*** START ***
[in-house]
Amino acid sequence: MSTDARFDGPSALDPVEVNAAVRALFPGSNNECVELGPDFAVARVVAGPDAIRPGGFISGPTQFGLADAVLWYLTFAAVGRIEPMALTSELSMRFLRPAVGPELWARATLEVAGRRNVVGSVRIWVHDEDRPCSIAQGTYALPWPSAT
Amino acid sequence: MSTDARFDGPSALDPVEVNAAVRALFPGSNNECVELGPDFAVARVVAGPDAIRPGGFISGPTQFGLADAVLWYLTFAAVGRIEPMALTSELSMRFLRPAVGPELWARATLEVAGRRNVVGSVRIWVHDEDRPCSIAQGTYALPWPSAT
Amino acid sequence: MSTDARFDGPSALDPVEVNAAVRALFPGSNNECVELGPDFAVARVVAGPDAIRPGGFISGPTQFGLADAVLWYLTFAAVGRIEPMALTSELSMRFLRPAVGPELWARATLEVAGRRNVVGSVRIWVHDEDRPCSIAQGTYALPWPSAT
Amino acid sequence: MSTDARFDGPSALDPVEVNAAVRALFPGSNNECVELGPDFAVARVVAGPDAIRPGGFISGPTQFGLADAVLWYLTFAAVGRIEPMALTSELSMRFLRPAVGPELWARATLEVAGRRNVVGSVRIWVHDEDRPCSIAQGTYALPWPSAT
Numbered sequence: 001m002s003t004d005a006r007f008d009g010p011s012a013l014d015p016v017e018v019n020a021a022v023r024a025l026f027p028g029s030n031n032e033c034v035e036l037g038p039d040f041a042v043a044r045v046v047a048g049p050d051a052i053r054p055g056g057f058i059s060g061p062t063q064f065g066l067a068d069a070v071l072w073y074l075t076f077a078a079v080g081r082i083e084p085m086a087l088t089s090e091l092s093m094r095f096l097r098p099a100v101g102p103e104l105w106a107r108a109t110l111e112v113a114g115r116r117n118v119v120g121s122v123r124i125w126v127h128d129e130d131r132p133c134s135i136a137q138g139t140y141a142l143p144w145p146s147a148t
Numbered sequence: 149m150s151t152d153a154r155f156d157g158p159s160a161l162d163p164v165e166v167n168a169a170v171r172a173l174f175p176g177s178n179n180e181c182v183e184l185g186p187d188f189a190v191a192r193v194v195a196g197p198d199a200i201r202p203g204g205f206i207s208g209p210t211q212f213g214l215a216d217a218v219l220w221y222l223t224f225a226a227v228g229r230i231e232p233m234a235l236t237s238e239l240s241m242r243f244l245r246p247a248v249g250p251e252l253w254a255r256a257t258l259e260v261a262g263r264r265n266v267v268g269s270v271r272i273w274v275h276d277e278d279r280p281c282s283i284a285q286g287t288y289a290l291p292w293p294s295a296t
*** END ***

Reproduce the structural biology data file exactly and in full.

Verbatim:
[in-house]
Amino acid sequence: MSTDARFDGPSALDPVEVNAAVRALFPGSNNECVELGPDFAVARVVAGPDAIRPGGFISGPTQFGLADAVLWYLTFAAVGRIEPMALTSELSMRFLRPAVGPELWARATLEVAGRRNVVGSVRIWVHDEDRPCSIAQGTYALPWPSAT
Amino acid sequence: MSTDARFDGPSALDPVEVNAAVRALFPGSNNECVELGPDFAVARVVAGPDAIRPGGFISGPTQFGLADAVLWYLTFAAVGRIEPMALTSELSMRFLRPAVGPELWARATLEVAGRRNVVGSVRIWVHDEDRPCSIAQGTYALPWPSAT
Amino acid sequence: MSTDARFDGPSALDPVEVNAAVRALFPGSNNECVELGPDFAVARVVAGPDAIRPGGFISGPTQFGLADAVLWYLTFAAVGRIEPMALTSELSMRFLRPAVGPELWARATLEVAGRRNVVGSVRIWVHDEDRPCSIAQGTYALPWPSAT
Amino acid sequence: MSTDARFDGPSALDPVEVNAAVRALFPGSNNECVELGPDFAVARVVAGPDAIRPGGFISGPTQFGLADAVLWYLTFAAVGRIEPMALTSELSMRFLRPAVGPELWARATLEVAGRRNVVGSVRIWVHDEDRPCSIAQGTYALPWPSAT
Numbered sequence: 001m002s003t004d005a006r007f008d009g010p011s012a013l014d015p016v017e018v019n020a021a022v023r024a025l026f027p028g029s030n031n032e033c034v035e036l037g038p039d040f041a042v043a044r045v046v047a048g049p050d051a052i053r054p055g056g057f058i059s060g061p062t063q064f065g066l067a068d069a070v071l072w073y074l075t076f077a078a079v080g081r082i083e084p085m086a087l088t089s090e091l092s093m094r095f096l097r098p099a100v101g102p103e104l105w106a107r108a109t110l111e112v113a114g115r116r117n118v119v120g121s122v123r124i125w126v127h128d129e130d131r132p133c134s135i136a137q138g139t140y141a142l143p144w145p146s147a148t
Numbered sequence: 149m150s151t152d153a154r155f156d157g158p159s160a161l162d163p164v165e166v167n168a169a170v171r172a173l174f175p176g177s178n179n180e181c182v183e184l185g186p187d188f189a190v191a192r193v194v195a196g197p198d199a200i201r202p203g204g205f206i207s208g209p210t211q212f213g214l215a216d217a218v219l220w221y222l223t224f225a226a227v228g229r230i231e232p233m234a235l236t237s238e239l240s241m242r243f244l245r246p247a248v249g250p251e252l253w254a255r256a257t258l259e260v261a262g263r264r265n266v267v268g269s270v271r272i273w274v275h276d277e278d279r280p281c282s283i284a285q286g287t288y289a290l291p292w293p294s295a296t